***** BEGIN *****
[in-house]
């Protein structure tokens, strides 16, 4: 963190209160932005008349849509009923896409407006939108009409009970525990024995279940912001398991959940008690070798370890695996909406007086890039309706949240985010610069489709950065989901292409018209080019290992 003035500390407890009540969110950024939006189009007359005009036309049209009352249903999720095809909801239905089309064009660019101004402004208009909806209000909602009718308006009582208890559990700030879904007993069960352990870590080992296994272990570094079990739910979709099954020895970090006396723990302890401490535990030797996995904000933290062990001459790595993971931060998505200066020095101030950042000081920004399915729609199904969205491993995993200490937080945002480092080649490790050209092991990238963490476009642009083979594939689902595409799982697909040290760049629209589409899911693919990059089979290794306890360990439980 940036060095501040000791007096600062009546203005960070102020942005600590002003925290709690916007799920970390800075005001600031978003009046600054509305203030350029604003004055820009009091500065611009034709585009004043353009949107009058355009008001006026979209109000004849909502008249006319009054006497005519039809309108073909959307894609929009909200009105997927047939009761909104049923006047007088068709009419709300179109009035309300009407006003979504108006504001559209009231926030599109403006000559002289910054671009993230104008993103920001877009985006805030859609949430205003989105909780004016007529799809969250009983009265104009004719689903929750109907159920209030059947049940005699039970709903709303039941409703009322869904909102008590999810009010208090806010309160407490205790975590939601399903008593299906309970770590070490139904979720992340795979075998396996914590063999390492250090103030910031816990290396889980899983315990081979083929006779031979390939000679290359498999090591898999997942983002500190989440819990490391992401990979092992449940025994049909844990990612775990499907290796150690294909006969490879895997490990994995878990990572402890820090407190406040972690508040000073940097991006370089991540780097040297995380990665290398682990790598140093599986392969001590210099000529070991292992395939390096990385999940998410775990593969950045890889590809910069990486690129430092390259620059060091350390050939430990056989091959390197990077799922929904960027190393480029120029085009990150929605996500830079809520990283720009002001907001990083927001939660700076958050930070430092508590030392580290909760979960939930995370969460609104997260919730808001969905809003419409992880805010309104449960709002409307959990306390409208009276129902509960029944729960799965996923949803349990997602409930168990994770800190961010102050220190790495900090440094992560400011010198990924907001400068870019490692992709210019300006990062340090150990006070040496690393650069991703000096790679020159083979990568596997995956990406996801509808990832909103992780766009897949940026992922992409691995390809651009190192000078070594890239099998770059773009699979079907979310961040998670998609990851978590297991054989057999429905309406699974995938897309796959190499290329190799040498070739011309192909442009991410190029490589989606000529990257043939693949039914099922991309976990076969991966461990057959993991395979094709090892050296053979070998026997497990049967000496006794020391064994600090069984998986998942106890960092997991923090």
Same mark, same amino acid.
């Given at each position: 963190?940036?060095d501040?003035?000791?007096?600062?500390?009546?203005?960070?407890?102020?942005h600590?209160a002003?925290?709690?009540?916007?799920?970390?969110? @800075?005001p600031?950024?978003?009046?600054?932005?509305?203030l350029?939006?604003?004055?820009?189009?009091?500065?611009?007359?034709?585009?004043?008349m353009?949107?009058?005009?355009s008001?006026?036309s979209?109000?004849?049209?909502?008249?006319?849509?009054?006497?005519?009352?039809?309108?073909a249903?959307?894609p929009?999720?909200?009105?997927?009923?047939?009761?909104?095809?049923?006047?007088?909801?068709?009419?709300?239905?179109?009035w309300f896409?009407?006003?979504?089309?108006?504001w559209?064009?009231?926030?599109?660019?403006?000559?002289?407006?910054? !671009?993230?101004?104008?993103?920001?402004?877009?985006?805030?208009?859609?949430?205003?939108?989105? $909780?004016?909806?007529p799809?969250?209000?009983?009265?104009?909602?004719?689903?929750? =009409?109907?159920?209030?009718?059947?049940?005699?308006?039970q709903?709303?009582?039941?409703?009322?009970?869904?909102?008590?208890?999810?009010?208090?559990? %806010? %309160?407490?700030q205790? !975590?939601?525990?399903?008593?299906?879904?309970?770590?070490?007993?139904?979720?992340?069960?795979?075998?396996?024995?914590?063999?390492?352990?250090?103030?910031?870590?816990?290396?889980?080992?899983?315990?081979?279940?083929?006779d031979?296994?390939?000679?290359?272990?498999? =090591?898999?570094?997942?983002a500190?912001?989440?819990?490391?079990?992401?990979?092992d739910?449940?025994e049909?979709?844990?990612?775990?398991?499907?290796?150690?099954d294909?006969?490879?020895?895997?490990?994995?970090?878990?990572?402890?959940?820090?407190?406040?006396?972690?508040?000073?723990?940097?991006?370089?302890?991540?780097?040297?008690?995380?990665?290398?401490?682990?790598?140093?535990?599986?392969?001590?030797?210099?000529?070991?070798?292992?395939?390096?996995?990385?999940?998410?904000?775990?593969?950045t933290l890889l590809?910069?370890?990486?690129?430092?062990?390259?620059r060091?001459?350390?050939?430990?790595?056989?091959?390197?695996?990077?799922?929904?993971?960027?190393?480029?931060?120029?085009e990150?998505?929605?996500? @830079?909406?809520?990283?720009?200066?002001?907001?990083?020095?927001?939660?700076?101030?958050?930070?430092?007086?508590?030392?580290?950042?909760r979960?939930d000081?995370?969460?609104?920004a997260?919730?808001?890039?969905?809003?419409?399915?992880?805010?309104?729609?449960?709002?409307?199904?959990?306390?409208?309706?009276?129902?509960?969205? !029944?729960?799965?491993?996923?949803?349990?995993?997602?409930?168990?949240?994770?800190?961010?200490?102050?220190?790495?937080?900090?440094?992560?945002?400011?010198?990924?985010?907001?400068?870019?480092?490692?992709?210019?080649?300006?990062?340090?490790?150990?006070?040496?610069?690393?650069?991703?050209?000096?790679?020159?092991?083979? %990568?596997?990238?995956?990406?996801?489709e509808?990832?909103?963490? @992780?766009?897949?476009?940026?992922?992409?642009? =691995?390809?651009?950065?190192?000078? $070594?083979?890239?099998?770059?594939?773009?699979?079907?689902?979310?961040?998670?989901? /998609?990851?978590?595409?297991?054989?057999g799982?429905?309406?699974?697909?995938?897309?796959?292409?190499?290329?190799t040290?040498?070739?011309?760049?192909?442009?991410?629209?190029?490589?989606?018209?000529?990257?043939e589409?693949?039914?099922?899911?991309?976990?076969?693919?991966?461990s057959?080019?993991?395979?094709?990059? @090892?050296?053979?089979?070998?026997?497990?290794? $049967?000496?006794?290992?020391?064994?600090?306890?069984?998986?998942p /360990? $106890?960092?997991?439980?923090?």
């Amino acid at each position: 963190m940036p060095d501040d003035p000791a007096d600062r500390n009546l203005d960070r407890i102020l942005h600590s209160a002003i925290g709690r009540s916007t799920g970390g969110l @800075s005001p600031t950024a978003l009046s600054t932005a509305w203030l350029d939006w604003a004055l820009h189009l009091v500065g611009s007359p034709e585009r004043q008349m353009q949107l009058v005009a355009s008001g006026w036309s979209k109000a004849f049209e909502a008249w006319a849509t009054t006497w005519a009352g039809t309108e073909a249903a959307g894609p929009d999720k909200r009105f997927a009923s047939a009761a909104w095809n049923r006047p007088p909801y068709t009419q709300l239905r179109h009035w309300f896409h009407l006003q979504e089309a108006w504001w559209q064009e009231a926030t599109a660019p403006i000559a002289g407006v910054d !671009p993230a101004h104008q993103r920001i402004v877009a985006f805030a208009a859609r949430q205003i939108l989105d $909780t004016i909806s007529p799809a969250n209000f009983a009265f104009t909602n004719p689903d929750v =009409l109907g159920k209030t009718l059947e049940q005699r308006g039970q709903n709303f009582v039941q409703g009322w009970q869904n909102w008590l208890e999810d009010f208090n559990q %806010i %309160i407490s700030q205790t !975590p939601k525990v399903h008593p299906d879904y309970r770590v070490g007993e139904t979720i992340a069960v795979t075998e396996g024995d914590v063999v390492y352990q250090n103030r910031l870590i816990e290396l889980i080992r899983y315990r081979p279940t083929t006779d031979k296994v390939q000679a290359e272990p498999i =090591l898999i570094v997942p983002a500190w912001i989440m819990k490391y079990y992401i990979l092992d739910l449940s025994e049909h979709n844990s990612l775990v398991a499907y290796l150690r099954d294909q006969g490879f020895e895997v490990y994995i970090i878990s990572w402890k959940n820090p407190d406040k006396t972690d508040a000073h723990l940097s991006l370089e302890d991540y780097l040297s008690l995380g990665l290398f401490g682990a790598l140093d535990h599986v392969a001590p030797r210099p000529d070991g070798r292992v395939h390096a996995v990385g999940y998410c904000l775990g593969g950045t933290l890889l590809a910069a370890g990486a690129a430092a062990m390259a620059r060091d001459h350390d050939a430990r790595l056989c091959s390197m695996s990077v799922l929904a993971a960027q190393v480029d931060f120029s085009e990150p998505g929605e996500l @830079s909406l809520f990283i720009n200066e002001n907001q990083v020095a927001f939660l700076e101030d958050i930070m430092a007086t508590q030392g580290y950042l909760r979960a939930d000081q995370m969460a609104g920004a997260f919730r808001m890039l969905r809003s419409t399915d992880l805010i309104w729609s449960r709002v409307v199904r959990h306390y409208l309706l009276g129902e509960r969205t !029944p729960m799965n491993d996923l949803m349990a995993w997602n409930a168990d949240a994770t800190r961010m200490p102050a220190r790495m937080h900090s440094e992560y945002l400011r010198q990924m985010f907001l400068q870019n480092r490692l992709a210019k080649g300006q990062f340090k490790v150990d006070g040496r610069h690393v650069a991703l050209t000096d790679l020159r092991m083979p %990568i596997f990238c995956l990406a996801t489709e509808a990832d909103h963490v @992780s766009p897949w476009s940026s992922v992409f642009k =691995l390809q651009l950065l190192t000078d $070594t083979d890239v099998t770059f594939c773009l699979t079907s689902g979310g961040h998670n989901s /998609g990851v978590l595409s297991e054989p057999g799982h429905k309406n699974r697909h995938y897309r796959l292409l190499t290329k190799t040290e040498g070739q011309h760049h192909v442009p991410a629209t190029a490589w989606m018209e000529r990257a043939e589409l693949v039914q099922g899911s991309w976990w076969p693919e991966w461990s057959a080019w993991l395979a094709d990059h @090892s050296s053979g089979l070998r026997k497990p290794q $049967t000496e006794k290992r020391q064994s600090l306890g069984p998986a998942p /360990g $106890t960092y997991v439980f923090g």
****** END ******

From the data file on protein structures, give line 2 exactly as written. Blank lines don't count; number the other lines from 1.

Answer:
């Protein structure tokens, strides 16, 4: 963190209160932005008349849509009923896409407006939108009409009970525990024995279940912001398991959940008690070798370890695996909406007086890039309706949240985010610069489709950065989901292409018209080019290992 003035500390407890009540969110950024939006189009007359005009036309049209009352249903999720095809909801239905089309064009660019101004402004208009909806209000909602009718308006009582208890559990700030879904007993069960352990870590080992296994272990570094079990739910979709099954020895970090006396723990302890401490535990030797996995904000933290062990001459790595993971931060998505200066020095101030950042000081920004399915729609199904969205491993995993200490937080945002480092080649490790050209092991990238963490476009642009083979594939689902595409799982697909040290760049629209589409899911693919990059089979290794306890360990439980 940036060095501040000791007096600062009546203005960070102020942005600590002003925290709690916007799920970390800075005001600031978003009046600054509305203030350029604003004055820009009091500065611009034709585009004043353009949107009058355009008001006026979209109000004849909502008249006319009054006497005519039809309108073909959307894609929009909200009105997927047939009761909104049923006047007088068709009419709300179109009035309300009407006003979504108006504001559209009231926030599109403006000559002289910054671009993230104008993103920001877009985006805030859609949430205003989105909780004016007529799809969250009983009265104009004719689903929750109907159920209030059947049940005699039970709903709303039941409703009322869904909102008590999810009010208090806010309160407490205790975590939601399903008593299906309970770590070490139904979720992340795979075998396996914590063999390492250090103030910031816990290396889980899983315990081979083929006779031979390939000679290359498999090591898999997942983002500190989440819990490391992401990979092992449940025994049909844990990612775990499907290796150690294909006969490879895997490990994995878990990572402890820090407190406040972690508040000073940097991006370089991540780097040297995380990665290398682990790598140093599986392969001590210099000529070991292992395939390096990385999940998410775990593969950045890889590809910069990486690129430092390259620059060091350390050939430990056989091959390197990077799922929904960027190393480029120029085009990150929605996500830079809520990283720009002001907001990083927001939660700076958050930070430092508590030392580290909760979960939930995370969460609104997260919730808001969905809003419409992880805010309104449960709002409307959990306390409208009276129902509960029944729960799965996923949803349990997602409930168990994770800190961010102050220190790495900090440094992560400011010198990924907001400068870019490692992709210019300006990062340090150990006070040496690393650069991703000096790679020159083979990568596997995956990406996801509808990832909103992780766009897949940026992922992409691995390809651009190192000078070594890239099998770059773009699979079907979310961040998670998609990851978590297991054989057999429905309406699974995938897309796959190499290329190799040498070739011309192909442009991410190029490589989606000529990257043939693949039914099922991309976990076969991966461990057959993991395979094709090892050296053979070998026997497990049967000496006794020391064994600090069984998986998942106890960092997991923090």